One book leads to another...

Tuesday, January 18, 2022

Quiet Moon and A Book Blitz


Did anyone catch a glimpse of the moon last night? Named for the howling of hungry (or socially active) wolves, it’s also known as Center Moon, denoting mid-winter and, in this case, mid-month when pastimes lean toward fireside reflections of days gone by and silent hope for those to come. “Quiet Moon” seems fitting as well.

Historically, January isn’t all that boring a month. It marked the invention of the X-Ray in 1896, the founding of Motown Records in 1959, the first Super Bowl game was played in January of 1967. And in 2010, although the Apple IPad tablet, “Smaller than a laptop, larger than a cellphone,” first appeared to a less than enthusiastic audience, by 2017, 360 million tablets had been sold.

A little history on National Thesaurus Day: Peter Mark Roget published “Roget’s Thesaurus” in 1852 for the express purpose of helping writers “find the word, or words, by which an idea may be most fitly and aptly expressed,”  While synonym dictionaries do not include definitions, dictionaries, in general, do include synonyms. As the one-stop-shopper in me wonders why we’d need two resources, the writer in me knows perfectly well that in the heat of the moment in the middle of (possibly) a pivotal paragraph, time is of the essence in maintaining momentum. To highlight and click for a list of suitable synonyms is just too hard to resist ;-)  But, as Reader’s Digest explains, there is one caveat: one poor choice of words can be disastrous – or hilarious, depending on how you look at it.

And once all is said and done (and edited) just right, what do we do? We celebrate Book Blitz Month!

Have you ever wondered, as I have, what to do with all those short stories; written and left to forever litter the decks of a Ghostship adrift on a sea of unrealized dreams? Shannon Lawrence has just released a lifeboat of a book filled with treasurable advice and priceless information!


Pre-order your copy today!

Whether you're looking to add short stories to your repertoire as a solo pursuit or in addition to novel writing, The Business of Short Stories covers every aspect from writing to marketing. Learn the dynamics of short story writing, where to focus your editing efforts, how and where to submit, how to handle acceptances and rejections, what to do with reprints, and how to market yourself and your stories online and in person. The information in The Business of Short Stories has been distilled from over a decade of short story publishing experience so you don't have to learn the hard way. You'll find information on submission formatting, cover letters, querying a collection, sending proposals to writing events, how to create a website, SEO, social media, and so much more. This is an invaluable resource for short story writers.

There's never been a better time to get into short stories!


Author Bio: Shannon Lawrence has made a career of short stories, with over a decade of experience and more than fifty short stories published in magazines and anthologies. In addition, she's released three horror short story collections with a mix of new and previously published stories. Her true-crime podcast Mysteries, Monsters, & Mayhem is going into its third season.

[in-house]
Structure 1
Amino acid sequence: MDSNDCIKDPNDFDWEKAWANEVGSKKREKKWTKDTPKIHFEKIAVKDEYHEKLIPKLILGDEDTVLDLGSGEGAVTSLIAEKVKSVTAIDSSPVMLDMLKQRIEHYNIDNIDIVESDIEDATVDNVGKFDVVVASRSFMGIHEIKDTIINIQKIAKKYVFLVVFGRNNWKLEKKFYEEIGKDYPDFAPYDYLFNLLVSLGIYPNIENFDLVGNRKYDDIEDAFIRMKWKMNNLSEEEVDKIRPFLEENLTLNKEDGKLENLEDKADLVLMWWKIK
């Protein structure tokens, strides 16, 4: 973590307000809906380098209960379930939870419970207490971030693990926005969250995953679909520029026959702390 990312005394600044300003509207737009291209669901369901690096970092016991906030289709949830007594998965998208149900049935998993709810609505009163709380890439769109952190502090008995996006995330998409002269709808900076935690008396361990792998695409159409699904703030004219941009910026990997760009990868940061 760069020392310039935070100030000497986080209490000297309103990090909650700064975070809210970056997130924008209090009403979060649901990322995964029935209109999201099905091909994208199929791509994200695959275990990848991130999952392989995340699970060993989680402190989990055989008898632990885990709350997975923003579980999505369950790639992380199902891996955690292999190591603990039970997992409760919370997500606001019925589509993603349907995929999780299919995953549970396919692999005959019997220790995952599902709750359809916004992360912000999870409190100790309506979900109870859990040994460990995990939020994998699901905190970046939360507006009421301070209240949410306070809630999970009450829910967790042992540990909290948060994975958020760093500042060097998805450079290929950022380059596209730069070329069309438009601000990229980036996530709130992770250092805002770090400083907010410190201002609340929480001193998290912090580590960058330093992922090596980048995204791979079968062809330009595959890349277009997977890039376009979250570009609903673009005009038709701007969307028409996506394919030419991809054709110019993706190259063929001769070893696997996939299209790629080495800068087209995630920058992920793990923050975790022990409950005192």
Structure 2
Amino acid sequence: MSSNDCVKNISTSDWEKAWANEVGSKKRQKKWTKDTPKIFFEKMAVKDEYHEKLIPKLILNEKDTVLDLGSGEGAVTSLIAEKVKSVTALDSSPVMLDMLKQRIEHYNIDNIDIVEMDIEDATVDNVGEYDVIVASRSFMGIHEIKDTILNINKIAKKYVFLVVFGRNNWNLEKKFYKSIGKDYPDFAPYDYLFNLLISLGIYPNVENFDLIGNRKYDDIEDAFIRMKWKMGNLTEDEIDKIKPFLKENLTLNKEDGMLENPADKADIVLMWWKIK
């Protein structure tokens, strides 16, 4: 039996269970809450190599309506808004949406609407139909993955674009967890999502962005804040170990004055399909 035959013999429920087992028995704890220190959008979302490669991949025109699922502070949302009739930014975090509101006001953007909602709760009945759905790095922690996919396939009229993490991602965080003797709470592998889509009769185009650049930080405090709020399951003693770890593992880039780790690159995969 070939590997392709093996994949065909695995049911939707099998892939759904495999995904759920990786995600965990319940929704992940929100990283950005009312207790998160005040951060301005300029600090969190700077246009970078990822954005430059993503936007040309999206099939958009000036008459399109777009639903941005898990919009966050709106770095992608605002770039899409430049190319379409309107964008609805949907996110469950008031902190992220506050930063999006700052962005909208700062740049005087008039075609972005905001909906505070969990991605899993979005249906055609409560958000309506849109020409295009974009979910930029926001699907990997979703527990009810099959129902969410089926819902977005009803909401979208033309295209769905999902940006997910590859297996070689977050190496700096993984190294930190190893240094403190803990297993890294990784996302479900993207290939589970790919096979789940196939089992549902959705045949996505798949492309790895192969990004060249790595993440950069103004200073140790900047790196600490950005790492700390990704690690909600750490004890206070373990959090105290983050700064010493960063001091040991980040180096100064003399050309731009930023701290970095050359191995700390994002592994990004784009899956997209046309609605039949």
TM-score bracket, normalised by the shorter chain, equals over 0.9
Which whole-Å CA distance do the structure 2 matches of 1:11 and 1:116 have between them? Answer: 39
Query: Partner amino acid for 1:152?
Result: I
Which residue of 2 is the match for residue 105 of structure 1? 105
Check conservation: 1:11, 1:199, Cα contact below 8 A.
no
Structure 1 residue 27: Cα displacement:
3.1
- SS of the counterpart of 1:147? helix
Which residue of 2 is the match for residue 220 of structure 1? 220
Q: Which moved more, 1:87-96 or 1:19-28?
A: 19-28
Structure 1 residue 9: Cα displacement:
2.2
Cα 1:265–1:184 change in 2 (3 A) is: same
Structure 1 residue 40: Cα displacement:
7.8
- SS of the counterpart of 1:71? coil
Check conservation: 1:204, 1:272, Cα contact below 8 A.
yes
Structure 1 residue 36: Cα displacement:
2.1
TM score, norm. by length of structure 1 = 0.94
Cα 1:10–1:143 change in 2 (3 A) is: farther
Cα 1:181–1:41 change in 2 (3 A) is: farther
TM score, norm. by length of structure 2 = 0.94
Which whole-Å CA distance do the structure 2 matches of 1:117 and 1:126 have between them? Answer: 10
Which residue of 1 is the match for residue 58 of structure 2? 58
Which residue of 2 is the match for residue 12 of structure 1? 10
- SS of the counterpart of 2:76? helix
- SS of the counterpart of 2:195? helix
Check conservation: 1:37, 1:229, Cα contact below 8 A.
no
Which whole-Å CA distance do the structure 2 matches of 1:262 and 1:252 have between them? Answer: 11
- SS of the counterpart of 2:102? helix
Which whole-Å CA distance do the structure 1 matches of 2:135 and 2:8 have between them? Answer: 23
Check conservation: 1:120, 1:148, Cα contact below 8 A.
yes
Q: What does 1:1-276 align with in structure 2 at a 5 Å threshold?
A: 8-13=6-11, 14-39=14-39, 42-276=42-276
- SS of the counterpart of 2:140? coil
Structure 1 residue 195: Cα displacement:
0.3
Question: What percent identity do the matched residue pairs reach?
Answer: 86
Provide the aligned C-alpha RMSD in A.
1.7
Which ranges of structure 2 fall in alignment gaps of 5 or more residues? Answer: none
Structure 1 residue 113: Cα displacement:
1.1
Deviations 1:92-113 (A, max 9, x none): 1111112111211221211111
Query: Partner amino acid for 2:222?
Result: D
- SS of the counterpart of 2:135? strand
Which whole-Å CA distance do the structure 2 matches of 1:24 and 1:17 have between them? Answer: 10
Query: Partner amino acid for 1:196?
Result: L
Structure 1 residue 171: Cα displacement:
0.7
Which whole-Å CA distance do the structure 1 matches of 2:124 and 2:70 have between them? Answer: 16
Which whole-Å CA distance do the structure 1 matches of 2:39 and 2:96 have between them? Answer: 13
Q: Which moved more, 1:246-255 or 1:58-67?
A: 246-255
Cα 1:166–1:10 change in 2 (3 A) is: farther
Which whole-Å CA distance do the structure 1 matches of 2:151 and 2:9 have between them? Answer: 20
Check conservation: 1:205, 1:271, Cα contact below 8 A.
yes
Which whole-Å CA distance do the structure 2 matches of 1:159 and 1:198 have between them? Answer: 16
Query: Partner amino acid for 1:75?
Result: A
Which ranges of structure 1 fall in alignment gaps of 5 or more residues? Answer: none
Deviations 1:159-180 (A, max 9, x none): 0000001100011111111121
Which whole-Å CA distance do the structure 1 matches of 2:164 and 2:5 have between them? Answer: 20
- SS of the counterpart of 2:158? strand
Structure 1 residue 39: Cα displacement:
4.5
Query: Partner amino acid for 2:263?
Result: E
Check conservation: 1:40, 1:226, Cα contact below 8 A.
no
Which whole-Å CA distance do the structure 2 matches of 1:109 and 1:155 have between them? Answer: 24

Her website and social media:









Podcast Website:


Wednesday, January 5, 2022

IWSG January 2022 The Longest Distance between Two Places


Welcome readers, writers, authors, and bloggers!

We’re glad you’re here! It's the First Wednesday of the month; when we celebrate IWSG Day in the form of a blog hop featuring all of the members of the Insecure Writer's Support Group. Founded by author Alex Cavanaugh (Thank you, Captain!) and fostered by like-minded associates, IWSG is a place to share the fabulous views and exciting news that occurs along our fascinating writing journeys. Check out the January newsletter here.  Perusing the many tips and resources offered here is definitely worthwhile and highly rewarding, so pull up a comfy chair, or better yet -  join us!

Our awesome co-hosts for this month's posting of the IWSG are: Erika Beebe, Olga Godim, Sandra Cox, Sarah Foster, and Chemist Ken!

This month’s optional question is:

What is the one thing about your writing career that you regret the most? Were you able to overcome it?

My answer to the question, were I able to pin it down to just one thing, would be the laughably unoriginal lament of never enough time. Albert Einstein believed that the only reason for time is so that everything doesn’t happen at once. But, would that be such a bad thing?  With all the events that come with living out of the way, there’d be all the time in the world left to write about everything that had happened all at once. Or would there be any time left at all? I think it best not to cast opportunity into the winds of regret and simply write any time, all the time.

Would I change events in my life that preempted writing? Not a chance. After all, a single moment recorded on a paper napkin could conceivably inspire the novel that rocks the next generation.

I believe that writers in complete control of their schedules are the luckiest among us struggling scribes. Still, even they are not immune to time thieves, timelines, or the angst of “If only I knew then.” However, they have realized, as Tennessee Williams suggests, that “Time is the longest distance between two places,” and instead of attempting to bridge that distance, they stroll comfortably along, with pen in hand, recording the journey.

Wishing all of us the most productive year ever. Happy 2022!



 “If time travel is possible, where are the tourists from the future?”  ~Stephen Hawkings